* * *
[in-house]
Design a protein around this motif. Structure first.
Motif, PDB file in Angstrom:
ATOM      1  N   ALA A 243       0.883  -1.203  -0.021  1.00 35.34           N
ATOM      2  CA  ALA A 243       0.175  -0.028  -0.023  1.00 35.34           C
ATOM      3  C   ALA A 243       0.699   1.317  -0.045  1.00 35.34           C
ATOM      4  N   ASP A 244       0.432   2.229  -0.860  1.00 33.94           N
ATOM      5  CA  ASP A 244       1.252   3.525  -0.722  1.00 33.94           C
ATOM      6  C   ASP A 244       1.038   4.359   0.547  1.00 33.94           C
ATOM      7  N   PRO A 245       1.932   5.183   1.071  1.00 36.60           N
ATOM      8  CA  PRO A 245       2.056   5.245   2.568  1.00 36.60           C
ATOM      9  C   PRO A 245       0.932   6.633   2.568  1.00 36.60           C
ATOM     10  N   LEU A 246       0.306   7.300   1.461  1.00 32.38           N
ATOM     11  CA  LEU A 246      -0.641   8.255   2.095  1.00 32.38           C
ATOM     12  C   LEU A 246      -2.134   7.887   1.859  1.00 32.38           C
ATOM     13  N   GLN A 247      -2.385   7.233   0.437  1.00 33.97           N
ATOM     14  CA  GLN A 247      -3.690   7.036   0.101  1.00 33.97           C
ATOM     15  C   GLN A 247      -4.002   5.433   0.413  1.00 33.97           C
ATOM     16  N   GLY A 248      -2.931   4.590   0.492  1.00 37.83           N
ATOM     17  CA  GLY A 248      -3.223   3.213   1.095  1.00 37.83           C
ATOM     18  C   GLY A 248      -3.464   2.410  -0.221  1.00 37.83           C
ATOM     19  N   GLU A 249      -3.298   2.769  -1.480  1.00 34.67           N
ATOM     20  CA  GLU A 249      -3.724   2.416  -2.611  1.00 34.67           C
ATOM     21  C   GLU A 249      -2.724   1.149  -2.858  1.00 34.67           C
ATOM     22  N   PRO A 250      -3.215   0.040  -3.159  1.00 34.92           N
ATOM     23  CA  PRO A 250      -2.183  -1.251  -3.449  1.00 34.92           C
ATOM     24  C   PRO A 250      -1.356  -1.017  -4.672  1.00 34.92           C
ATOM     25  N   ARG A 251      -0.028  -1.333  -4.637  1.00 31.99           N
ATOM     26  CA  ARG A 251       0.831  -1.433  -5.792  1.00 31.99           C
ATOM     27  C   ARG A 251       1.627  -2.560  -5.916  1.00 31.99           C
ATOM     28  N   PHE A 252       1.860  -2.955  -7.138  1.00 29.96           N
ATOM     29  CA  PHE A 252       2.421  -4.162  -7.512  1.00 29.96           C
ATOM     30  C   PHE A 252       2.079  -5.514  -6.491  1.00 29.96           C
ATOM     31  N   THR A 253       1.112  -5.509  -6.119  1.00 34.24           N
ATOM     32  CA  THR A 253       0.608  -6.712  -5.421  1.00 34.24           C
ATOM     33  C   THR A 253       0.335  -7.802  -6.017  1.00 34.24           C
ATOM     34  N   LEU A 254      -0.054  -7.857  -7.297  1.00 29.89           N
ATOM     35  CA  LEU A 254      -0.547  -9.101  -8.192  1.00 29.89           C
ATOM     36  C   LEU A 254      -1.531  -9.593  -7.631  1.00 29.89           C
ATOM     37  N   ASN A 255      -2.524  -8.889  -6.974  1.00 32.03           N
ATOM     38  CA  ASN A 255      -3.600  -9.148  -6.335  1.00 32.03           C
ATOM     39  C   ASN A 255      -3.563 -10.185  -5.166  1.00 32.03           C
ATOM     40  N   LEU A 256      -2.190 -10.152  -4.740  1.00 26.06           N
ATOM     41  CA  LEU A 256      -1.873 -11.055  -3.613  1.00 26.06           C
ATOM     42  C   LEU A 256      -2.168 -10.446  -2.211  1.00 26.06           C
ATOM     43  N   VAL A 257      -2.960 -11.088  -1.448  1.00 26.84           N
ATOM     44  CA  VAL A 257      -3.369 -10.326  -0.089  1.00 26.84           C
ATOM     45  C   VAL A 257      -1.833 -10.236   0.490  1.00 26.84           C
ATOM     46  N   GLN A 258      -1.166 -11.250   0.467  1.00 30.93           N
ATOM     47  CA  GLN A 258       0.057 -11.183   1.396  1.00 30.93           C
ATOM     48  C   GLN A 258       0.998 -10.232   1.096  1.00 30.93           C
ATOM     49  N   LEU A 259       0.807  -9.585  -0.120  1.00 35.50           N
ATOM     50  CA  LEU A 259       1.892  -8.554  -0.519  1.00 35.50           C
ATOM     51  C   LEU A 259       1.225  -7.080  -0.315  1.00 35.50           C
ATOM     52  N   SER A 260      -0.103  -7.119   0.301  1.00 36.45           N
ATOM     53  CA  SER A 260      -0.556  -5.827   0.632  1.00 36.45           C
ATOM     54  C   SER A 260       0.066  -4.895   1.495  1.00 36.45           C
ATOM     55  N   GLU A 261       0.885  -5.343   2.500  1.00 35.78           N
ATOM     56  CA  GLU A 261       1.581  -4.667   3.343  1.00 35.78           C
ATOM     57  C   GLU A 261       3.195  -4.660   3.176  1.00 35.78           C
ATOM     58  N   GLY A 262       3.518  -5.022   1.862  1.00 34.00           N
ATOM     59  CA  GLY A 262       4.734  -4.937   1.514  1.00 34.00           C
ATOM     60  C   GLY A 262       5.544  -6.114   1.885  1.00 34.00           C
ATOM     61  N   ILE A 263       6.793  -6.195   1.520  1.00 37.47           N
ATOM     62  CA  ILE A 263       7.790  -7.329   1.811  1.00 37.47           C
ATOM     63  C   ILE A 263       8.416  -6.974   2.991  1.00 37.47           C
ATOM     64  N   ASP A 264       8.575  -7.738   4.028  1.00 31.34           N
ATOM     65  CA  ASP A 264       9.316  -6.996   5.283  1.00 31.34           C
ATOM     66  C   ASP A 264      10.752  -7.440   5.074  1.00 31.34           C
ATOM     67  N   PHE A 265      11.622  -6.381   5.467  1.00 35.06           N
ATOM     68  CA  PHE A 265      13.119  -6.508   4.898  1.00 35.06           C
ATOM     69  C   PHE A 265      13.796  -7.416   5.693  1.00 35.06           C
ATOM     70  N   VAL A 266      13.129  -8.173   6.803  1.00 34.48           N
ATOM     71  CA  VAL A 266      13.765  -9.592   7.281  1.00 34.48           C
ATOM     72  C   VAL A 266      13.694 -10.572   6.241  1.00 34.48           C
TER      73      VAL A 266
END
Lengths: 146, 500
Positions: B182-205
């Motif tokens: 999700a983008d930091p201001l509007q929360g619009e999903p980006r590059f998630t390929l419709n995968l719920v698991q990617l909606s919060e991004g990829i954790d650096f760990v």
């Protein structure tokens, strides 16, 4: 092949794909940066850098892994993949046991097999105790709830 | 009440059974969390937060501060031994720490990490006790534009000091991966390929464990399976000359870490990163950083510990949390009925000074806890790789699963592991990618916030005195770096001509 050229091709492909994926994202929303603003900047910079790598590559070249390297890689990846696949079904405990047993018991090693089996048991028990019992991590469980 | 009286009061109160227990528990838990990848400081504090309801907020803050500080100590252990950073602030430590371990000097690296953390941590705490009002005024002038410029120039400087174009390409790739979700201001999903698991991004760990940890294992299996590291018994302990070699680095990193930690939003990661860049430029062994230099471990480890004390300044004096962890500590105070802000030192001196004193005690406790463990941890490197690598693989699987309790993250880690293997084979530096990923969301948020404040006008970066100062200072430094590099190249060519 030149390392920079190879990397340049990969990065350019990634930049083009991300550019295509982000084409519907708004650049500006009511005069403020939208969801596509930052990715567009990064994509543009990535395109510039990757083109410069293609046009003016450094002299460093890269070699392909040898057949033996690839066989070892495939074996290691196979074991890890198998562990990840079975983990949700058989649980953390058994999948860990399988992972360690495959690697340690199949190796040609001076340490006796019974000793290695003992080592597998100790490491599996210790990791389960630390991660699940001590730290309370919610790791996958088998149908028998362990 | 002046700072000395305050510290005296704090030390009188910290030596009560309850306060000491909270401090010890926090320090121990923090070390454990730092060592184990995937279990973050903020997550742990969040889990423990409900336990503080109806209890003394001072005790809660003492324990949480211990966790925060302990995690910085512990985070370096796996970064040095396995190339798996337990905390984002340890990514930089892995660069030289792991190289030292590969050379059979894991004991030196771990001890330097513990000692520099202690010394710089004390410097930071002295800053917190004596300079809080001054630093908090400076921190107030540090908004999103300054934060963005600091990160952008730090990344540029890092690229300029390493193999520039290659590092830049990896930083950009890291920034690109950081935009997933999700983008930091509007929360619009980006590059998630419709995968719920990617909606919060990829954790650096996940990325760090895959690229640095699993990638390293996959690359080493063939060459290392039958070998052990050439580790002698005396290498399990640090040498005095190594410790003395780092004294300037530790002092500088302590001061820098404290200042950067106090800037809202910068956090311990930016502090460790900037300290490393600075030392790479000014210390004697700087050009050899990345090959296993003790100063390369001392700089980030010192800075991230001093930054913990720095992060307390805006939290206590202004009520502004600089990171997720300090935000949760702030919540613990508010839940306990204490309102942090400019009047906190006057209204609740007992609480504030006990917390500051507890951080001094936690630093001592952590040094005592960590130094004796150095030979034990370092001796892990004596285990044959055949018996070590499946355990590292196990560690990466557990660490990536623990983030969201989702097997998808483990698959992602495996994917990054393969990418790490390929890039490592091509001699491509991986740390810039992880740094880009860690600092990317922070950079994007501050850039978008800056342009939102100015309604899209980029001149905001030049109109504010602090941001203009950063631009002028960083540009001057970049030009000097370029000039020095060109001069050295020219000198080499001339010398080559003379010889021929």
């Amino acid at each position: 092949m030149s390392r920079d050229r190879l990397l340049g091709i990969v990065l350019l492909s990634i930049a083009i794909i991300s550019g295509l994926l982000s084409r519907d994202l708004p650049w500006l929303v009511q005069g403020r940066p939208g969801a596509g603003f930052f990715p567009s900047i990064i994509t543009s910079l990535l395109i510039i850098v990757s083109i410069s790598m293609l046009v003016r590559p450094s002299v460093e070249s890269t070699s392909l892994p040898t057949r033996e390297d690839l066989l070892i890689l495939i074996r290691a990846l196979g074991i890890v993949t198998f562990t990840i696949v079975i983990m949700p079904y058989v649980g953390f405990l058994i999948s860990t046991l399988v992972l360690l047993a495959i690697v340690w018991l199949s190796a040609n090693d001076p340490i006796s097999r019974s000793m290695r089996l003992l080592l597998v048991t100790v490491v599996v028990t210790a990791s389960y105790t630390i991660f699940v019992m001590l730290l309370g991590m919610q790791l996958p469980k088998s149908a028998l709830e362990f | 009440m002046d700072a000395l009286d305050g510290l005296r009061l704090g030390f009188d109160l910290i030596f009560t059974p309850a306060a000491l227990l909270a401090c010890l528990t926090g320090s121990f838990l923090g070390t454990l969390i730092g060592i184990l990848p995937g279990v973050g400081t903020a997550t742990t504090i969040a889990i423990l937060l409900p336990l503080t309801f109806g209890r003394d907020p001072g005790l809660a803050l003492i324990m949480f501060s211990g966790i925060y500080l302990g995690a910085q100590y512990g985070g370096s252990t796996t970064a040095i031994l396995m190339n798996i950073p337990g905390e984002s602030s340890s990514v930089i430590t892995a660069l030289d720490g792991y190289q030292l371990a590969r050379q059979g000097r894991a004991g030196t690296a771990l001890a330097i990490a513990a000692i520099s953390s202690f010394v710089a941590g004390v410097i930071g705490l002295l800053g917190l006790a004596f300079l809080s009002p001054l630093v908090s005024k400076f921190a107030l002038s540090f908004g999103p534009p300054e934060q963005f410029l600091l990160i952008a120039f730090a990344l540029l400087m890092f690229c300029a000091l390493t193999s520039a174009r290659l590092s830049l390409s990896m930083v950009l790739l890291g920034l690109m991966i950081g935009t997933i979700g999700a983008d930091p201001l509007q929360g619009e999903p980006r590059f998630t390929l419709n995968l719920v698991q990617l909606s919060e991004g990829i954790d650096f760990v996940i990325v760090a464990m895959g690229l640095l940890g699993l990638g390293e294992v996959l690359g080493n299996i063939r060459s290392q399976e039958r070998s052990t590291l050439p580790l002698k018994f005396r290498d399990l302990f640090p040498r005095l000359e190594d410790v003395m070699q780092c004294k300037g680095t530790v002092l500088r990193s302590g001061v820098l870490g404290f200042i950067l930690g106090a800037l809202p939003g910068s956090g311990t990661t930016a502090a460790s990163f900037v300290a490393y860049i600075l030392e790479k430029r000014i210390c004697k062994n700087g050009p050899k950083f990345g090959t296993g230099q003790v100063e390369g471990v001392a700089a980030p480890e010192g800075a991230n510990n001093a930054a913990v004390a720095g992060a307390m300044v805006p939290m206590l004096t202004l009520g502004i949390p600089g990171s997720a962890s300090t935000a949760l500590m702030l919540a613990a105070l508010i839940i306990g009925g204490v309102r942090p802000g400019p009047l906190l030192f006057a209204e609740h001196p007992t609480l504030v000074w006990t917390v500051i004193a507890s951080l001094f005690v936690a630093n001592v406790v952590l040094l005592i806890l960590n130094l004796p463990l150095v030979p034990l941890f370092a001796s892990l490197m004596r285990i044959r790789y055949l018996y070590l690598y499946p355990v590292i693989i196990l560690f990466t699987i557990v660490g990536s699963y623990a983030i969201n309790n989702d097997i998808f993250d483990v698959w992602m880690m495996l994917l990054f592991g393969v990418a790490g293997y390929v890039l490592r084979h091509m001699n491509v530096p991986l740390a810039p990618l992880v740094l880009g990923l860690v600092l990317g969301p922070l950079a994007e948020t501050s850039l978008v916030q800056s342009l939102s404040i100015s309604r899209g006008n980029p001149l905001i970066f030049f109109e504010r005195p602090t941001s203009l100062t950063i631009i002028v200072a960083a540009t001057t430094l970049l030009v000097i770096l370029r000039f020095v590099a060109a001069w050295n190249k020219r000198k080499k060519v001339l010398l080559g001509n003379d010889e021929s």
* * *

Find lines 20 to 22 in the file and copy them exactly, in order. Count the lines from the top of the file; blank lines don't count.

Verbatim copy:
ATOM     17  CA  GLY A 248      -3.223   3.213   1.095  1.00 37.83           C
ATOM     18  C   GLY A 248      -3.464   2.410  -0.221  1.00 37.83           C
ATOM     19  N   GLU A 249      -3.298   2.769  -1.480  1.00 34.67           N